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by: Colin E. Flora
At the time of writing, we sit on the cusp of 2020. For those of us who have spent many decades subject to the Gregorian calendar, we are keenly aware that nearly every four years a leap day is added to the calendar, which is slotted into the 29th day of February. For those of you wondering about the qualifier of “nearly every four years,” there is no leap day observed in years divisible by 100, unless the year is also divisible by 400; accordingly, there was a leap day in 2000 but will not be one in 2100.
Due to the quirk of the leap day, a problem arises in calculating the statute of limitations for a cause of action that accrued on February 29th and expires in a non-leap year. That issue was recently addressed by the Indiana Court of Appeals in McElwee v. Fish. There, the plaintiff filed suit on March 1, 2018. So the question became if, as the majority concluded, February 29, 2016 was the proper accrual date for the plaintiff’s claims, then the question was whether March 1, 2018 was within the governing two-year statute of limitations.
Ever since the Indiana Court of Appeals’ 1975 decision in Jenkins v. Yoder, the rule has been that statutes silent as to the method of computation are subject to Indiana Trial Rule 6(A), which provides:
In computing any period of time prescribed or allowed by these rules, by order of the court, or by any applicable statute, the day of the act, event, or default from which the designated period of time begins to run shall not be included. The last day of the period so computed is to be included unless it is:
(1) a Saturday,
(2) a Sunday,
(3) a legal holiday as defined by state statute, or
(4) a day the office in which the act is to be done is closed during regular business hours.
In any event, the period runs until the end of the next day that is not a Saturday, a Sunday, a legal holiday, or a day on which the office is closed. When the period of time allowed is less than seven  days, intermediate Saturdays, Sundays, legal holidays, and days on which the office is closed shall be excluded from the computations.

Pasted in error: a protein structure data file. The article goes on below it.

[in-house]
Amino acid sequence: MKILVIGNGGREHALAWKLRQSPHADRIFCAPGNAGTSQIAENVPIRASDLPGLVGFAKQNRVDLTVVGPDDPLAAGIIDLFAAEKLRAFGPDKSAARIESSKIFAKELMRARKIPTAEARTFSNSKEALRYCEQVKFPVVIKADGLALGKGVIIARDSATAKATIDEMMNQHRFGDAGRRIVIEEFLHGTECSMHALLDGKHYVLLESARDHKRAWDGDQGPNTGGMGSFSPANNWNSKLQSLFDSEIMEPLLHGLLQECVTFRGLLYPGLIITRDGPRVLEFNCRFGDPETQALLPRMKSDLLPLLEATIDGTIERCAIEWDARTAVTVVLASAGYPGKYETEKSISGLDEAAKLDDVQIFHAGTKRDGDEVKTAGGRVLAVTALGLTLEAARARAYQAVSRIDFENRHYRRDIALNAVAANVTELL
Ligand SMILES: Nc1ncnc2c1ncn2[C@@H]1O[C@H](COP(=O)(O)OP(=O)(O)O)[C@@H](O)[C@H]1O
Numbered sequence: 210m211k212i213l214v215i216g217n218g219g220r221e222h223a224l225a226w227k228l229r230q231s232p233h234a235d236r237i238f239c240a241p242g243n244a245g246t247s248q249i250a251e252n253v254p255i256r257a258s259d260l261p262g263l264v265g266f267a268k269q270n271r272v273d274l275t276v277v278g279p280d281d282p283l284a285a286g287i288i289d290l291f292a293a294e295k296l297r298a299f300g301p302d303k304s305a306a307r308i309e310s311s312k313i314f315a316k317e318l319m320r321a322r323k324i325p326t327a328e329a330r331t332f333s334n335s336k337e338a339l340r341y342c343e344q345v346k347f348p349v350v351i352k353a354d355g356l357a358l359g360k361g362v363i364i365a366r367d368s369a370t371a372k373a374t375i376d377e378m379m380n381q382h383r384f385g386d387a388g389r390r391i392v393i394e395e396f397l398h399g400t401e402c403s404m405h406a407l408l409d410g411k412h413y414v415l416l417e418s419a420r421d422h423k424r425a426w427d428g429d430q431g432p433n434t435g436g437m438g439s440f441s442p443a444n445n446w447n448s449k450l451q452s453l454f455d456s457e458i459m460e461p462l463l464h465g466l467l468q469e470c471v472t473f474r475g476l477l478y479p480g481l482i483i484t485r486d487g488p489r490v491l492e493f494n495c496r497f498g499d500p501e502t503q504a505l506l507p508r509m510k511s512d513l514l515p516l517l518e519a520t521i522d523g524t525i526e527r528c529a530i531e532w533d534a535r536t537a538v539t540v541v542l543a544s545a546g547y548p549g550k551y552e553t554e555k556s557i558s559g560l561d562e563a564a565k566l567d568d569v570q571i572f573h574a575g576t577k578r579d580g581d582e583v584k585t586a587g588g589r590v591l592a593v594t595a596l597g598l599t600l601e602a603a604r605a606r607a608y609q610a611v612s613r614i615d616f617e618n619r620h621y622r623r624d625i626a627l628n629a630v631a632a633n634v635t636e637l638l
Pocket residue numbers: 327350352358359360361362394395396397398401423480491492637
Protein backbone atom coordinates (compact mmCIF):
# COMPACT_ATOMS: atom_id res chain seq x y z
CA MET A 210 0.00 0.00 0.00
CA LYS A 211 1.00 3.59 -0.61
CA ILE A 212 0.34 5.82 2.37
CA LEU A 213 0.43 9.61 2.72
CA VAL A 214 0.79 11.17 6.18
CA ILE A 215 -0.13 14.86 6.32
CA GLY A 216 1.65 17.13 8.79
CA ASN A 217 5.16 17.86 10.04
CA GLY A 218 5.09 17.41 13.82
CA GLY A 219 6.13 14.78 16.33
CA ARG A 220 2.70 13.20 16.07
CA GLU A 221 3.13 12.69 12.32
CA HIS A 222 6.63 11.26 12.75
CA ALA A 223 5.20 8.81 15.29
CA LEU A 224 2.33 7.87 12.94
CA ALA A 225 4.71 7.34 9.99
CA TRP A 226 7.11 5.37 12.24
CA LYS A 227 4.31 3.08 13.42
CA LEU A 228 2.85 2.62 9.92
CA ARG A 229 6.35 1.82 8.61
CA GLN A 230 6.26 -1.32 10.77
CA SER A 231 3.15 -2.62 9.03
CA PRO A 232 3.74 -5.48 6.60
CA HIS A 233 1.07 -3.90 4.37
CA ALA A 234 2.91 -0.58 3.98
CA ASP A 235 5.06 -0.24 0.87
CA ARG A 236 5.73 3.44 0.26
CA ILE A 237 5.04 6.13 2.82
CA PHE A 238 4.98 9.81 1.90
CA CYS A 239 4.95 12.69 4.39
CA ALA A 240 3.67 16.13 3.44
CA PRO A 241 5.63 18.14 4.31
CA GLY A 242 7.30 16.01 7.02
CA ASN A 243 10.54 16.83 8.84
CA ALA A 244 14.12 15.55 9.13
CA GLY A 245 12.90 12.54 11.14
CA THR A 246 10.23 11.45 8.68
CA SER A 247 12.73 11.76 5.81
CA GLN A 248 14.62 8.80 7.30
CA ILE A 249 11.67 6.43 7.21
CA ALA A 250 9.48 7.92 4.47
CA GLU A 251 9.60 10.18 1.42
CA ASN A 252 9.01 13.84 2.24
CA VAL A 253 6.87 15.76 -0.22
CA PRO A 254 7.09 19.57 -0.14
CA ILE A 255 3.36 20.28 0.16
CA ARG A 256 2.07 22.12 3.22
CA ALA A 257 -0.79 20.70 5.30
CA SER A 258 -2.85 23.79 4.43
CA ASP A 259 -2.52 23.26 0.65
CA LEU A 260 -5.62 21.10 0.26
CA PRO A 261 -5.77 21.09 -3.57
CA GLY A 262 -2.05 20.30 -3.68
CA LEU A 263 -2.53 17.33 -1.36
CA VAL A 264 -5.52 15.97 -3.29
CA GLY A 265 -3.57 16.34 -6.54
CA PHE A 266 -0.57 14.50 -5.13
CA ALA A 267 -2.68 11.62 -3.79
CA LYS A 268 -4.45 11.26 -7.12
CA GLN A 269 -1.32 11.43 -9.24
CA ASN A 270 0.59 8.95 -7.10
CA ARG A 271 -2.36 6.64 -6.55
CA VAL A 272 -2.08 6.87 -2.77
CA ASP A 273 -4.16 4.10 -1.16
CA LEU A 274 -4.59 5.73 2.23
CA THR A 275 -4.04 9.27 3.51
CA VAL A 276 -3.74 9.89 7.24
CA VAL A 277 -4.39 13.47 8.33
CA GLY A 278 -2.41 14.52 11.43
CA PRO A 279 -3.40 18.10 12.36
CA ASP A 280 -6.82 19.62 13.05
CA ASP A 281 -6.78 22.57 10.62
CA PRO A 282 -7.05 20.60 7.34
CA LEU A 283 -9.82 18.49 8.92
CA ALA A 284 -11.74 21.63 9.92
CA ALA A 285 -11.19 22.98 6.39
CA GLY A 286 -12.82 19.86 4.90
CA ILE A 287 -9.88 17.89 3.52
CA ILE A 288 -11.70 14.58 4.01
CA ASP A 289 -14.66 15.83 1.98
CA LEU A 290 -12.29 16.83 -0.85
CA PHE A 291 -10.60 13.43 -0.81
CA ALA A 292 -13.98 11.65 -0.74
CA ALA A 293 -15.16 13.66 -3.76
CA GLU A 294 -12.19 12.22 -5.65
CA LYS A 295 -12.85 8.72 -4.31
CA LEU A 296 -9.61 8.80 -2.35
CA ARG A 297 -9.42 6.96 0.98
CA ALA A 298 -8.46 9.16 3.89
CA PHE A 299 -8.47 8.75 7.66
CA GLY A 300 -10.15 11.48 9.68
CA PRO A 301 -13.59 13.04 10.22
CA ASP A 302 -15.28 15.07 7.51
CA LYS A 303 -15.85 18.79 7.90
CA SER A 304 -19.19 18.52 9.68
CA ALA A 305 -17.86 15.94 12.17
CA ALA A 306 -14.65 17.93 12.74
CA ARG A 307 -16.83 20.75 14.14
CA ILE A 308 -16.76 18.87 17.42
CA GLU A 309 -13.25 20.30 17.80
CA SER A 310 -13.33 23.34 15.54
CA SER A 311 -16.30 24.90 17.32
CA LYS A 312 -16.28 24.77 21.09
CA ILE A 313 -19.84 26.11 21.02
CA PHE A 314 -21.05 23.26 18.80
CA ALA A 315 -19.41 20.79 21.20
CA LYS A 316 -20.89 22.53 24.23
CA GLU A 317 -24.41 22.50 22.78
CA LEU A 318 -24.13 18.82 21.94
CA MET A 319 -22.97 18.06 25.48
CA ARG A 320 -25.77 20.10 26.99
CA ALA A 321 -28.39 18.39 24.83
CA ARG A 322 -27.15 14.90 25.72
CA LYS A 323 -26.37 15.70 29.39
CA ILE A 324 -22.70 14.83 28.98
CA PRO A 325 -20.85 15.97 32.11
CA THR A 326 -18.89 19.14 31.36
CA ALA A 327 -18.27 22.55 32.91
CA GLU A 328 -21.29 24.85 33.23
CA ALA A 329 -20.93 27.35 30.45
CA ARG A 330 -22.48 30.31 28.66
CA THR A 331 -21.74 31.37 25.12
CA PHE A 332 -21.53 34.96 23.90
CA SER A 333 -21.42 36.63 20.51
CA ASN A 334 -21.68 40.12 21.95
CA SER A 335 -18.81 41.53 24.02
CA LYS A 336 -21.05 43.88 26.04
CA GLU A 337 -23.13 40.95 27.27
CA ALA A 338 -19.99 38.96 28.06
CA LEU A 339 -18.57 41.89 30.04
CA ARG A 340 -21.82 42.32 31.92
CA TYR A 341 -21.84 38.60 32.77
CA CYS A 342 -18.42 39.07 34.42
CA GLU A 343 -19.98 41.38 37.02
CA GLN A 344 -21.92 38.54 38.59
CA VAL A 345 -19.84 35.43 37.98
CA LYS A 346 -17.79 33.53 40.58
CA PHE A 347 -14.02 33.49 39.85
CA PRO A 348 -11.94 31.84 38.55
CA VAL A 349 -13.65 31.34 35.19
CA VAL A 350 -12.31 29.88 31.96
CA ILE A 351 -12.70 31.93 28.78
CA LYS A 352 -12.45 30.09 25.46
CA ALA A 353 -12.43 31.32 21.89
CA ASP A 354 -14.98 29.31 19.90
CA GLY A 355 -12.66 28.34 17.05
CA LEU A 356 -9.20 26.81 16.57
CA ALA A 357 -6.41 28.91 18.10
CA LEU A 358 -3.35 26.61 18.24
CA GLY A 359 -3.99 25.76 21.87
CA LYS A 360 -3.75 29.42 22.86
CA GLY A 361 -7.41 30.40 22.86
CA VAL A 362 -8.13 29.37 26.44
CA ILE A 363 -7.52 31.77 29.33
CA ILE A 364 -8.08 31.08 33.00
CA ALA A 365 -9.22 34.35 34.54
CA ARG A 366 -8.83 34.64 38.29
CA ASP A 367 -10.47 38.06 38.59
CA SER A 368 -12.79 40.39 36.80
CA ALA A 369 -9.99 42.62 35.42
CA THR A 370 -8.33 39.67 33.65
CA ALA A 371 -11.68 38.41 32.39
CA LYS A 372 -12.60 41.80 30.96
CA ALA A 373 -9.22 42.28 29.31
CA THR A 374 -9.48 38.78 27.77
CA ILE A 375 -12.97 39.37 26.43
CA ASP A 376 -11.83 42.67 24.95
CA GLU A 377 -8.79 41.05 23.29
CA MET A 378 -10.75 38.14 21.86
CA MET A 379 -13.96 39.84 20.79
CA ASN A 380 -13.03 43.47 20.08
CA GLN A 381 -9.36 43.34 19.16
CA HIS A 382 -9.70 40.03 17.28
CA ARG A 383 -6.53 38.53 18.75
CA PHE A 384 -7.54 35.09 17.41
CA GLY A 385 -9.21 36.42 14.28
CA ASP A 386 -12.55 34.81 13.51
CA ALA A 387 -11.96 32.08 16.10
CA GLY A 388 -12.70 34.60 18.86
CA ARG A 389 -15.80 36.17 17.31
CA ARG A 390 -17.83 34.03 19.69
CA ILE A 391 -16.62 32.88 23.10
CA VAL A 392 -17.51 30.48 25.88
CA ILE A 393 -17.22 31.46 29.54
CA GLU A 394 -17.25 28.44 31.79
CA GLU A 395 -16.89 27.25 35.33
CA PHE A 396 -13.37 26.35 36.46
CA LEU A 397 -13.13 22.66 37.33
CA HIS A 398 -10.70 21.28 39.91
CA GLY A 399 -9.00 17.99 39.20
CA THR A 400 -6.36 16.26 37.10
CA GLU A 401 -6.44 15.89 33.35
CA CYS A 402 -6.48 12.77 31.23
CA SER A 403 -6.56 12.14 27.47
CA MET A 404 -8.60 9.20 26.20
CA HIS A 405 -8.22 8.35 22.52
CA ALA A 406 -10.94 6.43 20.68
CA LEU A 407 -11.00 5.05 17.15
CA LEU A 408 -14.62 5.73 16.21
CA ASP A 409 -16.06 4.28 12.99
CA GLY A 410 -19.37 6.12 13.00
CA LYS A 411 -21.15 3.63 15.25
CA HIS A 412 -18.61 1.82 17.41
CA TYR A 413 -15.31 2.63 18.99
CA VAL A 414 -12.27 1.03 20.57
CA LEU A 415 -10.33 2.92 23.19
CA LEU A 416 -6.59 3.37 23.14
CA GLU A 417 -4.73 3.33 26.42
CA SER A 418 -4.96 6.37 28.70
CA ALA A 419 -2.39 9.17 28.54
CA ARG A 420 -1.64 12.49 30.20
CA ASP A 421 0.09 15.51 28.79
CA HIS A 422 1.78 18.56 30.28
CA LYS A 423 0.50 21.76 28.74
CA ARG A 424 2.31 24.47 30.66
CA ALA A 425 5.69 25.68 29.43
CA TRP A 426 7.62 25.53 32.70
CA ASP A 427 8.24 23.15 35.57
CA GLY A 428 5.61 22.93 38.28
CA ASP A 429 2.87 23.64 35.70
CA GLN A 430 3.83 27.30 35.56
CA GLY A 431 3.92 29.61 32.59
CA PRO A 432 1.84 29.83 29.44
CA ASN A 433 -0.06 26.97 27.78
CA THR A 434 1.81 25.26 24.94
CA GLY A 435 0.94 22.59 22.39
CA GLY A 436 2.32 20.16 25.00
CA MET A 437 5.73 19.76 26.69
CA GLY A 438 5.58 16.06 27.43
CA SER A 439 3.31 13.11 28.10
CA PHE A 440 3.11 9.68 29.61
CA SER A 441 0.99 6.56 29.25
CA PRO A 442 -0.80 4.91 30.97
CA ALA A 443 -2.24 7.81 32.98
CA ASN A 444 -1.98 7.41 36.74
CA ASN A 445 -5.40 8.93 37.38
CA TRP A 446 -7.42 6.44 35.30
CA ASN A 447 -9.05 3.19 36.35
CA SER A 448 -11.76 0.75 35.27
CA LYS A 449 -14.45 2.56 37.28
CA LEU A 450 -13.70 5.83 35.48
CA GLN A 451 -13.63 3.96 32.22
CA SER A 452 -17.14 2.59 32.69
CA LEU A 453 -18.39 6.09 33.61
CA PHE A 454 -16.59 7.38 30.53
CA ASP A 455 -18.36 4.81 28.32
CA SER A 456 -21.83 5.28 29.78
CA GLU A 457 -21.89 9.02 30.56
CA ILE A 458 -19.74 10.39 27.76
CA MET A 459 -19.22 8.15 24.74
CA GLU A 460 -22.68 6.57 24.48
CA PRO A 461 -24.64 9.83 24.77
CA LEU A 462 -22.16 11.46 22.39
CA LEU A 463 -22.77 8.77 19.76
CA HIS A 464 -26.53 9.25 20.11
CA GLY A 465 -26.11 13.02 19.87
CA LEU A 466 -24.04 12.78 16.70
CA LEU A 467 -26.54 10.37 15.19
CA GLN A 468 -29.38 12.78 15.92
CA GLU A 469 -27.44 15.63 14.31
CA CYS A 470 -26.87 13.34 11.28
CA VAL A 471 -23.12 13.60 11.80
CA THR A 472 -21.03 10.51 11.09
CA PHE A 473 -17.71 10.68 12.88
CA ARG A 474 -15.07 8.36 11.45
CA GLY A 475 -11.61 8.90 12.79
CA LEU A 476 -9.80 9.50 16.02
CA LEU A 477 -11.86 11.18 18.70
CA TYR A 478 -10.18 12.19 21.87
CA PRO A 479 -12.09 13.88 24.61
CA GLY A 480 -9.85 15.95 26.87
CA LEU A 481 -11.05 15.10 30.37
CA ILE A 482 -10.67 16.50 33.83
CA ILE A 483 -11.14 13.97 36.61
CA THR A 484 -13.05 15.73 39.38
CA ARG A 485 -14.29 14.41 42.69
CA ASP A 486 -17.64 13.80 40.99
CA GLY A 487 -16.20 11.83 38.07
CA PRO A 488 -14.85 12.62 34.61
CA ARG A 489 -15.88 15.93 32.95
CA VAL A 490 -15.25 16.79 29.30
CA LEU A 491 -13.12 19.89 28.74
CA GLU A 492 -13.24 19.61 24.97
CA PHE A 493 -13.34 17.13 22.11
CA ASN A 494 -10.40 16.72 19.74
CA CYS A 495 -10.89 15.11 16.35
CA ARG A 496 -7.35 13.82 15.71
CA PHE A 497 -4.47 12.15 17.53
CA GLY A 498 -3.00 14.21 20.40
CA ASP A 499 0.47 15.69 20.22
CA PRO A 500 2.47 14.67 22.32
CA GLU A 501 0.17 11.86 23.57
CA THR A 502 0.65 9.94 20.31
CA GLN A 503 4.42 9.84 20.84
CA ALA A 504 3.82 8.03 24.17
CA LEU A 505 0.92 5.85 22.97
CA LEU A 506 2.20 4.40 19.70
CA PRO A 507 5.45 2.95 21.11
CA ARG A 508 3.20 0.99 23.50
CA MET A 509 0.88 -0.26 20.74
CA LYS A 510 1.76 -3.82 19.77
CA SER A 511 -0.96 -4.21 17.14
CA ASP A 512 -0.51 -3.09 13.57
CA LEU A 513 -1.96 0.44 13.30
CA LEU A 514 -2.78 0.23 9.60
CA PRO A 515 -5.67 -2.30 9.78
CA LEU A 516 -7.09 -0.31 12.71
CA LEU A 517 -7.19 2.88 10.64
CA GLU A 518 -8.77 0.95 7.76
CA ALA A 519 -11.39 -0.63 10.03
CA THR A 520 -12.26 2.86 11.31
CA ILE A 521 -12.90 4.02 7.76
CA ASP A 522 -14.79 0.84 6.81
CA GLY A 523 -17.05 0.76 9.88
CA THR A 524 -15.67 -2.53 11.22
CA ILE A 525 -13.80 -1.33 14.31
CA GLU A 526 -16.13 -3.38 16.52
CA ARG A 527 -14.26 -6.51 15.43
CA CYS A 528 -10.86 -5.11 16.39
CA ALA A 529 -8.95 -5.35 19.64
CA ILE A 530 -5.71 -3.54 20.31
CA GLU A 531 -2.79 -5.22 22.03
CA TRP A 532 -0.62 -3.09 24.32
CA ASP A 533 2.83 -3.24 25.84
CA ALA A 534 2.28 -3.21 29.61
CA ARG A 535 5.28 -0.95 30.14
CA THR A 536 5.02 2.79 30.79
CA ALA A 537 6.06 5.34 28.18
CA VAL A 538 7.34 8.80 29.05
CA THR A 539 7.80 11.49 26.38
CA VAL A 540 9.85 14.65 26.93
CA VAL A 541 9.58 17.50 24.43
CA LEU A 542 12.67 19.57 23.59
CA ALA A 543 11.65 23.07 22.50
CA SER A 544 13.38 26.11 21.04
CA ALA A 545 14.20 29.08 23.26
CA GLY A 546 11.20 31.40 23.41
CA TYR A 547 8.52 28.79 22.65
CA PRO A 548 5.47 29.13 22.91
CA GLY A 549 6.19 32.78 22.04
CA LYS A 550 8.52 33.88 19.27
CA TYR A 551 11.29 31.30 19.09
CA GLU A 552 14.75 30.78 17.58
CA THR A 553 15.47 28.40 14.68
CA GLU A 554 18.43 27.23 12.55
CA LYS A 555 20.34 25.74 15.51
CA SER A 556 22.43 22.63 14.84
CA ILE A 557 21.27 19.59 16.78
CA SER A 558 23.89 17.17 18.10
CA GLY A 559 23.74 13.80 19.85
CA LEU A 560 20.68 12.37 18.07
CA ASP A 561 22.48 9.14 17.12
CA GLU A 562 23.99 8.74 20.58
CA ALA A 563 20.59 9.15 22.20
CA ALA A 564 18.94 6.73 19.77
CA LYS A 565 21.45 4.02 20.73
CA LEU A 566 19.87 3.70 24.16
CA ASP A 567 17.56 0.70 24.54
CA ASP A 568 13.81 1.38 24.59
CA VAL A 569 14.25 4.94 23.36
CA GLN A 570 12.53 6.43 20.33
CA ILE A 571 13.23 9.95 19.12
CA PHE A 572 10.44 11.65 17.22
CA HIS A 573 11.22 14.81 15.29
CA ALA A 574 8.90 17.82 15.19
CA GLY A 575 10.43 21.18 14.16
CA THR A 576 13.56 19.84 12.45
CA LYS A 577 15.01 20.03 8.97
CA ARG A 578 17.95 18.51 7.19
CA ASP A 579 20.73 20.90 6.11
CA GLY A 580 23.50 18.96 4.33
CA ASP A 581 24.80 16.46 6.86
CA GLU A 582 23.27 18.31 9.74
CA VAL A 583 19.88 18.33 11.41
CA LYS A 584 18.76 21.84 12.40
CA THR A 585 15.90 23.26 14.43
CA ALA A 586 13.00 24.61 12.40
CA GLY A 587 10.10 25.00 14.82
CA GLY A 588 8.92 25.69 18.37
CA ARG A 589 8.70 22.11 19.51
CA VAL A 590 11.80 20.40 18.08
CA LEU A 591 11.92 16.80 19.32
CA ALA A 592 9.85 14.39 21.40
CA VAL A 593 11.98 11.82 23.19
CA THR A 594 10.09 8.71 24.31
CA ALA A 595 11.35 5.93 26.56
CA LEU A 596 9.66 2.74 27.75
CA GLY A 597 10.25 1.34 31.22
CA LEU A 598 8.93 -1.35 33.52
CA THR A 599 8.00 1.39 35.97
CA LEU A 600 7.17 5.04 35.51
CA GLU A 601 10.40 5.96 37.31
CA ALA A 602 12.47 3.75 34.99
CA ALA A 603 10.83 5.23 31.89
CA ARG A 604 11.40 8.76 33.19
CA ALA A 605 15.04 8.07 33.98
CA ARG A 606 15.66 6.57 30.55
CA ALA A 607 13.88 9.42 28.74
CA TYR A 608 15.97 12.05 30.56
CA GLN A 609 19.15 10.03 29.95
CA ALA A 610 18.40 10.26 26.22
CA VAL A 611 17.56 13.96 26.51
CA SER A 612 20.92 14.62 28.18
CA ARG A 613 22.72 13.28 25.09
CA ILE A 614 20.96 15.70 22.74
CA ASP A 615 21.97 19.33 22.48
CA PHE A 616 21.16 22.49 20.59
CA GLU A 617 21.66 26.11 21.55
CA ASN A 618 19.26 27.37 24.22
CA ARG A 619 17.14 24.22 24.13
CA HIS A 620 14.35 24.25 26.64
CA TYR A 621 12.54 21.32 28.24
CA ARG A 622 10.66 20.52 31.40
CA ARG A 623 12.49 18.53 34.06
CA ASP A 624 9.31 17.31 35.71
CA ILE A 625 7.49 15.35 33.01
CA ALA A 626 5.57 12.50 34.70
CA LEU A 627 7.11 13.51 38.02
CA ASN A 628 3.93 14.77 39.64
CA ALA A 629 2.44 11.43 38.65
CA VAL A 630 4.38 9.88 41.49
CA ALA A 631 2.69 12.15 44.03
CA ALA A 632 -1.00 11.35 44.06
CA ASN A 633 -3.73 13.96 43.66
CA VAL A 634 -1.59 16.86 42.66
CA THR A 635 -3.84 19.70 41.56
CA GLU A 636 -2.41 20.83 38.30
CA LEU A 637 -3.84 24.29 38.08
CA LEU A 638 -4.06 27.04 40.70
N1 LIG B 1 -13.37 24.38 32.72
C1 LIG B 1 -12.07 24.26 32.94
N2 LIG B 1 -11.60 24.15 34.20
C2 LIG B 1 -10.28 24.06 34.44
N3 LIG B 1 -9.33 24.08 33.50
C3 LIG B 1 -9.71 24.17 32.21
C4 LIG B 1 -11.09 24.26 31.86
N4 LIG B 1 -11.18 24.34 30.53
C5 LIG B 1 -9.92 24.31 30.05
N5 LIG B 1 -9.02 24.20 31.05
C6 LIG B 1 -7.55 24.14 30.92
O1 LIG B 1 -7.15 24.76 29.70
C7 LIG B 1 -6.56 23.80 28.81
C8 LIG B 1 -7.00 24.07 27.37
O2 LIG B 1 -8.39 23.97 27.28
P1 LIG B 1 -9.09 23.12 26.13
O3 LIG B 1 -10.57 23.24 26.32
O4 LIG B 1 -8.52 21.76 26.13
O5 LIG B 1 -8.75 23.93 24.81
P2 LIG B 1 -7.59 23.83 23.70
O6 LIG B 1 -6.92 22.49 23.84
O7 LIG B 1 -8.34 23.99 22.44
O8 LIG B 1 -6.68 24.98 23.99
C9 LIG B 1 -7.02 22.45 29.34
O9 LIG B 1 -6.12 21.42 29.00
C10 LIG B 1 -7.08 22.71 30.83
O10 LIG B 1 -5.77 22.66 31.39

Using Trial Rule 6(A), the final day to file a claim subject to a two-year statute of limitations is the second anniversary of the date on which the claim accrued. So, for example, if a claim accrued on August 25, 1987, then the deadline to file under a two-year statute of limitations is August 25, 1989. Similarly, if the claim accrued on August 5, 2007, then the lawsuit must be filed on August 5, 2009. You may notice that in the latter example, there was a leap year (2008) in between, yet it did not impact the calculation.
When leap days are concerned, there is no February 29th two, six, or ten years later. So what happens? The obvious choice is between the deadline falling on either February 28th or March 1st. The Jenkins court resolved that choice and held that it falls on February 28th. Accordingly, the complaint that was filed on March 1, 2018 was untimely for an action that accrued on February 29, 2016.
Although the court did not provide a tremendous amount of analysis, a point of clarification may be found in what the court provided. The court wrote: